Apple is known to create products with superior build quality but is an Apple device immune to cyber-attacks? This article looks into this subject so that you know what to expect if you own one of these devices. These days security and privacy are very important given that a lot of personal information is saved on the internet. Hackers try by all means to access your traffic or ‘take over’ your device.
List of Apple devices
These are the Apple devices you use to connect to the internet, and there is a risk of cyber-attacks when online:
- iPod Touch
Apple’s closed ecosystem
Apple controls all the hardware and software in its devices. As a result, high standards are easy to maintain especially on the software side. This is because products e.g. apps from third parties have to meet certain minimum standards before being admitted into the App Store. Integration of all Apple’s devices is also seamless.
According to their website, all devices have encryption features to protect user’s data. This encryption is robust and you can wipe your device remotely should it get stolen.
How does your Apple device get cyber-attacks?
In most cases, if you stick to default features and normal usage you are safe from most online attacks on an Apple device. However, trouble starts when you do one of the following:
- Opening dubious messages or email attachments that may contain malware
- Downloading and installing third-party apps outside the App Store. You need to verify that the app is safe before installing it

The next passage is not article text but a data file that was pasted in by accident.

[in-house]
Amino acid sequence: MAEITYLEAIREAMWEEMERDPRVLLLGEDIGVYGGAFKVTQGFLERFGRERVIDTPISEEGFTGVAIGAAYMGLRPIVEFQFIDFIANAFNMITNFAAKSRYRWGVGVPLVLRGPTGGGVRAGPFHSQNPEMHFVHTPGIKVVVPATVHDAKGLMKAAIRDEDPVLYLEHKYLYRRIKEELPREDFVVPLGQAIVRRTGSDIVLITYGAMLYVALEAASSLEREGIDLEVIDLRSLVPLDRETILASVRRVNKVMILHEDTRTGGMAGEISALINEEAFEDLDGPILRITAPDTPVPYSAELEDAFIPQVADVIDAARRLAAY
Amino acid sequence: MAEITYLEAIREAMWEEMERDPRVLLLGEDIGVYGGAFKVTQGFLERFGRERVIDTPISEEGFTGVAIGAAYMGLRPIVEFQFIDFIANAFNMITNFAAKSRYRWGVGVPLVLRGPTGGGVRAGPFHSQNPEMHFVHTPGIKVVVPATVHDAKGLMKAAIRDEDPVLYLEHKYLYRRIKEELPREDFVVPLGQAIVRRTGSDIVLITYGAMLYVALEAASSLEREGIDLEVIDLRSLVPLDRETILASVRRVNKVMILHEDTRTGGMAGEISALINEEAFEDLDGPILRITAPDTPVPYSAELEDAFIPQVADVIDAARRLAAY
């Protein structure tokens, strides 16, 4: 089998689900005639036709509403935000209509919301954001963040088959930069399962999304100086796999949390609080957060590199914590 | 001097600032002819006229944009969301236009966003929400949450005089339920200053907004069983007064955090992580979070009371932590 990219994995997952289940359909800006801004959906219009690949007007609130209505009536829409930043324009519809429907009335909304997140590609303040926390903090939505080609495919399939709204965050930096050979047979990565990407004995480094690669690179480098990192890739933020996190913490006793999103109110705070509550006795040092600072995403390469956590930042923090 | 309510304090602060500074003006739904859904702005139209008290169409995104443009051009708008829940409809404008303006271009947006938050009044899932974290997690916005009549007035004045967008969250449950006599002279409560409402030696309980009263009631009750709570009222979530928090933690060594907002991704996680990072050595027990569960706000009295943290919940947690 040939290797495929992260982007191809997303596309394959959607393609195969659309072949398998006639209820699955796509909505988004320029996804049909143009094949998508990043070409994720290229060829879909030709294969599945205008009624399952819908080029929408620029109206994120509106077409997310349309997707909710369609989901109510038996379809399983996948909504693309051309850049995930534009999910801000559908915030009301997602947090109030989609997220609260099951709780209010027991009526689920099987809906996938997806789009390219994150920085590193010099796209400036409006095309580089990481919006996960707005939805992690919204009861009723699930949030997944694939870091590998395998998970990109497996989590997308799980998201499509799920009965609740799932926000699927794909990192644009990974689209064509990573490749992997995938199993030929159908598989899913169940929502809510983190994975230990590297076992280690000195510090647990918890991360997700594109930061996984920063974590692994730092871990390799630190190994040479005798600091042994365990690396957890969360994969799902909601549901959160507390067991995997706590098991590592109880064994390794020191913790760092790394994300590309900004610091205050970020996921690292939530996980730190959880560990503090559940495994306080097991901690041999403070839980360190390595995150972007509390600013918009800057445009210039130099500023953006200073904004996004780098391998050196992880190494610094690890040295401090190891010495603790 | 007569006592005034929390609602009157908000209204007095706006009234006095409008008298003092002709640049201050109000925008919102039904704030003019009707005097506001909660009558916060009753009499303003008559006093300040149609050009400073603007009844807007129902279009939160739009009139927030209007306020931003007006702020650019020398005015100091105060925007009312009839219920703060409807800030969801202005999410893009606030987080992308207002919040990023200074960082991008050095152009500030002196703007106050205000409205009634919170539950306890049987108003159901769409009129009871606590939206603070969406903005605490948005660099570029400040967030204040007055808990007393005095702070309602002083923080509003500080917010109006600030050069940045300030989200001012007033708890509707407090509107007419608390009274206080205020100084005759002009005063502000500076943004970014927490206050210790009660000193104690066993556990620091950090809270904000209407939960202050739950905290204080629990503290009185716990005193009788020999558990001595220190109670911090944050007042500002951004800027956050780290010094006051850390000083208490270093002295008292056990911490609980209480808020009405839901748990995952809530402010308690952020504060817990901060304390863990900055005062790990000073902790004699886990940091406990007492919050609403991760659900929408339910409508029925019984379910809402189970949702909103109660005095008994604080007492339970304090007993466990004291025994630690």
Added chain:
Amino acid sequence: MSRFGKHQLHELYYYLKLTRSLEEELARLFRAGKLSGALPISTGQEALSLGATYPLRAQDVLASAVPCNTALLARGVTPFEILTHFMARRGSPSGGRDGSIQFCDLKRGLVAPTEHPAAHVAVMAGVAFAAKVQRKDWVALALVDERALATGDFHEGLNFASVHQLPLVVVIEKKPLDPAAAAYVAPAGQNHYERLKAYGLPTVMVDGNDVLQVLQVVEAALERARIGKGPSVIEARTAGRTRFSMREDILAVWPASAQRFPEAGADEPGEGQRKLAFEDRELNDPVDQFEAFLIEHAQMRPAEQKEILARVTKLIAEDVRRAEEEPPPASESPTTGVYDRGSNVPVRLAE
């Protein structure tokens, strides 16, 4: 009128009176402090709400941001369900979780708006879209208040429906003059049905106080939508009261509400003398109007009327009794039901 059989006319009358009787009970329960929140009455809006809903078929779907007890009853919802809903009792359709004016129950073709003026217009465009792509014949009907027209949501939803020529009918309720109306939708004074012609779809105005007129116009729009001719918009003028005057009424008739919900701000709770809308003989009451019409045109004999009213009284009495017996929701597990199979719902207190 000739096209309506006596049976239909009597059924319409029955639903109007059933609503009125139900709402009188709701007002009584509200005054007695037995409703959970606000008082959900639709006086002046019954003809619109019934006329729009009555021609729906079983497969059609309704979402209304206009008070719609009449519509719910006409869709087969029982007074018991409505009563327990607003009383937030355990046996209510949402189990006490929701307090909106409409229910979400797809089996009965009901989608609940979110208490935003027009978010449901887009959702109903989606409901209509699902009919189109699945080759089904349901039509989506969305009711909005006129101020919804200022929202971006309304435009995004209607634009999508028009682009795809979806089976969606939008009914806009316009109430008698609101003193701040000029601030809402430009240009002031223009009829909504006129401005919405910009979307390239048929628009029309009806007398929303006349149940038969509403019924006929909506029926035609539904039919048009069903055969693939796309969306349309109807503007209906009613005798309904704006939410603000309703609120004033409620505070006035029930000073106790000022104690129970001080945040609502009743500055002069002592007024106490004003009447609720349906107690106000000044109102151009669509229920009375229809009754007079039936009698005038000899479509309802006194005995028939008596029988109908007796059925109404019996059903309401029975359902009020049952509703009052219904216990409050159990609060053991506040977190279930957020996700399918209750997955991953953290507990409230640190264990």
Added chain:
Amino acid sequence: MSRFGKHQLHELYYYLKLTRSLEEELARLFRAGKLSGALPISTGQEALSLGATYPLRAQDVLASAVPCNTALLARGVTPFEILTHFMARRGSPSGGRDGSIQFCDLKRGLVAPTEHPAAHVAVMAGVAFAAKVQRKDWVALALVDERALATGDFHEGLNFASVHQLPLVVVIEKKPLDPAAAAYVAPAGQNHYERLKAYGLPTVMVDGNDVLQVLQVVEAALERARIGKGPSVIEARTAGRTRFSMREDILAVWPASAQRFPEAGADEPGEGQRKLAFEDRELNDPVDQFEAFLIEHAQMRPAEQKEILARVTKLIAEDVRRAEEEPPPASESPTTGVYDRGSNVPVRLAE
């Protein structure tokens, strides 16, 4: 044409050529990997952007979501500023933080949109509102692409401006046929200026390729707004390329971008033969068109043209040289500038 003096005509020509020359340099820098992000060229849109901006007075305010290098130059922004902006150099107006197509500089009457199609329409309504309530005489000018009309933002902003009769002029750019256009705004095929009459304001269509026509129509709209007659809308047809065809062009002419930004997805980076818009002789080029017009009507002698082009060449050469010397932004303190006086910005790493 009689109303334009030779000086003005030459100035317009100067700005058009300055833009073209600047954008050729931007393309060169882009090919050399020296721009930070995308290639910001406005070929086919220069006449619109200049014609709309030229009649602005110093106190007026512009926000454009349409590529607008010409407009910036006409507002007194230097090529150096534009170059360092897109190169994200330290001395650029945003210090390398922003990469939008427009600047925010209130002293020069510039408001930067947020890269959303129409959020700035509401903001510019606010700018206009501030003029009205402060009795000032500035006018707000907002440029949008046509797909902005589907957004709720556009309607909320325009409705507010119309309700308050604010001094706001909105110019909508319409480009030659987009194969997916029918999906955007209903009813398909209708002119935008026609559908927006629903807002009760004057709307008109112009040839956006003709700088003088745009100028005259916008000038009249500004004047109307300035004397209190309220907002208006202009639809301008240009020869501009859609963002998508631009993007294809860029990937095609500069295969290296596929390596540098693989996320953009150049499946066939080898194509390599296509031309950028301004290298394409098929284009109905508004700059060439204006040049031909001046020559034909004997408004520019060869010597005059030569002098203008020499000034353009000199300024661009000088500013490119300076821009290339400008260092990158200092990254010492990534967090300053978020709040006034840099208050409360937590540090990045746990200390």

- Jail-breaking your device which may expose it to cyber-attacks and compromises its security online
- Installing ‘cleaning apps’ that do nothing but lead you to Adware. You end up wasting your internet data visiting sites that generate money for the advertiser.
- Using public chargers. In 2012 a team of researchers created a software to hack into an iPhone via the charging port.
- Browse safely and avoid malicious sites
- Using public WiFi networks often
- Not updating your device to the latest software on time
In January 2020, a group of ethical hackers from Google’s Project Zero hacked into an iPhone using only the Apple ID. They forwarded the findings to Apple and the vulnerability was fixed. However, this shows that although incidences of hacking are far lower than in Android devices, there is still need to be cautious.
Privacy and security on the web
If there was an Apple device immune to cyber-attacks it will be the ultimate gadget. However, one way to become virtually non-penetrable is to use a VPN and this is gaining popularity. With a VPN, you are literally in your own space as everything is encrypted. There is a significantly low risk of any man-in-the-middle attack.
Coupled with robust security features of Apple devices, you are virtually unidentifiable. Your IP address is changed hence any attempts to attack you don’t stick.
VPN services like NordVPN have taken it a step further by integrating more security features in the VPN. Apart from encrypting your data, NordVPN also offers:
- Onion over browser
- NordPass, and that is a highly secure password manager
Other features of VPN services
A good VPN service should also have a good reputation. Take time to visit their sites and see if there are security audits that are done periodically. When choosing a VPN, stay away from most free VPNs. More than 80% of free VPNs have a poor user experience, stemming from Adware, poor speeds, bandwidth limits, obsolete encryption protocols to name a few.
If you suspect that your device has been hacked, immediately cut off any internet connection. That may involve turning the airplane mode on which cuts off further access to your phone by a hacker.
Make it a habit to back up content on your device because if any problems persist, you have to reset your device. This removes any malware if it is present and you are good to go. Now you know there is no Apple device immune to cyber-attacks. Use a VPN every time you are online. To assist you choose the best one for your device, use this VPN wizard.
Remember, next time someone asks “Is an Apple device immune to cyber-attacks”, now you know. There are no sacred cows.